Casey Anthony's Family Computer Shows Suicide Searches, Lawyer Says

PHOTO: Casey Anthony leaves with her attorney Jose Baez from the Booking and Release Center at the Orange County Jail, July 17, 2011 in Orlando, Fla.

On the day 2-year-old Caylee Anthony disappeared, someone in her house used the computer to run suicide-related searches, on terms including "foolproof suffocation" and "venturing into the pro-suicide pit," according to Casey Anthony's defense attorney Jose Baez.

Baez described the "bombshell evidence" in his new book "Presumed Guilty, Casey Anthony: The Inside Story."

One year ago, on July 5, 2011, Anthony was acquitted of charges of first-degree murder, aggravated child abuse and aggravated manslaughter for the death of her 2-year-old daughter Caylee Anthony. She was convicted of lying to law enforcement.

In the book, Baez wrote that the suicide-related searches were done one hour after Casey Anthony's father George Anthony said that she had left the home. Casey Anthony's mother Cindy Anthony was not home at the time and her brother Lee Anthony no longer lived there.

Though Anthony home computer searches for "chloroform" were heavily scrutinized during the trial, Baez said the suicide-related searches one of his experts later discovered were never disclosed.

"I have a hard time believing that law enforcement wouldn't check the internet history of the day that the child went missing," Baez said on "Good Morning America" today. "That would have been bombshell evidence in the trial if it had come out.

Baez concedes in the book that computer experts say it is very difficult to prove who was the person using a computer at any given time, but that one can speculate based on the type of searches made.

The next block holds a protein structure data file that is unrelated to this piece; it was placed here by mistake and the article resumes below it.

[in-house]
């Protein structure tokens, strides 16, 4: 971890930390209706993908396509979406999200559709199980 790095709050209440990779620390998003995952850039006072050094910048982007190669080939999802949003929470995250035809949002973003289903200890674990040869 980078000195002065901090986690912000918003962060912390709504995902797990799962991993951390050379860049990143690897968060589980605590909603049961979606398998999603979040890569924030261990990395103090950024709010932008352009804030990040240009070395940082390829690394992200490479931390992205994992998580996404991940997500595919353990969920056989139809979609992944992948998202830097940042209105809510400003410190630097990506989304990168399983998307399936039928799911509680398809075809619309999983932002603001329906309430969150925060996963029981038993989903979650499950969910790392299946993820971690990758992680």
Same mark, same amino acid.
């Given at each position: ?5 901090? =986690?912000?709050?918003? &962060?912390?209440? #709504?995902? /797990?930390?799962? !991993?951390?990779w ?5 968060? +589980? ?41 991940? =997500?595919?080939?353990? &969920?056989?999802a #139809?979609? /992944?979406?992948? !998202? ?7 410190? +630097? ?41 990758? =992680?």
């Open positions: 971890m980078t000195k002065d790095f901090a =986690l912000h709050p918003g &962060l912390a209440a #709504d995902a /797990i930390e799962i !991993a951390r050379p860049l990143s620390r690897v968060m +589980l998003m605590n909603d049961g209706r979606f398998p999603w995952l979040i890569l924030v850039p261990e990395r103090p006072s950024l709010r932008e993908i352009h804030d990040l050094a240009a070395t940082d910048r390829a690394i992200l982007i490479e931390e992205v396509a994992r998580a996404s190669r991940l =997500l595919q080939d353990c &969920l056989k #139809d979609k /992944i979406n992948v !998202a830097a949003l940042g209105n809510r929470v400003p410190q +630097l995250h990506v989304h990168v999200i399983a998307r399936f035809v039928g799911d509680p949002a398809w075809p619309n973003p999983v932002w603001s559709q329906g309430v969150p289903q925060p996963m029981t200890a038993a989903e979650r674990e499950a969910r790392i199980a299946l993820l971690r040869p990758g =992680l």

On the morning of June 16, 2008, computer records show that someone, presumably Casey Anthony, spent about two hours on Facebook, Myspace and "researching outfits worn by shot girls in clubs," Baez wrote. Anthony's boyfriend at the time was a club promoter and Anthony was helping him manage the shot girls, the women who walk around the club selling shots of liquor.

A few hours later, someone got on the computer and logged into an AOL Instant Messenger account. Baez said that George Anthony had an AIM account and that Casey Anthony did not.

"Then someone typed in 'foolproof suffocation.' It was misspelled, and George was a poor speller," Baez wrote. "Google automatically corrected the spelling, and the first link that was clicked was 'venturing into the pro-suicide pit.' It appeared that someone was thinking about killing himself."

At the time these searches were being made, phone records showed that Casey Anthony was on the phone with her friend Amy Huizenga, who did not recall anything strange about the phone call, according to Baez.

"By looking at the websites being researched, all concerned with suicide and death, it certainly appears that the one who felt the blame was a guilt-ridden Goeroge Anthony," Baez wrote in the book. "It had to have been George on the computer because he said Casey was gone, and he was the only one out there trying to kill himself."

George Anthony attempted suicide in January 2009.

Police found him despondent and possibly under the influence of medication and alcohol in a Daytona Beach, Fla., hotel. Police also discovered a five-page suicide note in the hotel that Anthony had apparently written.

In the book, Baez also wrote that Casey Anthony has "serious mental health issues" and described her as someone "not playing with a full deck."

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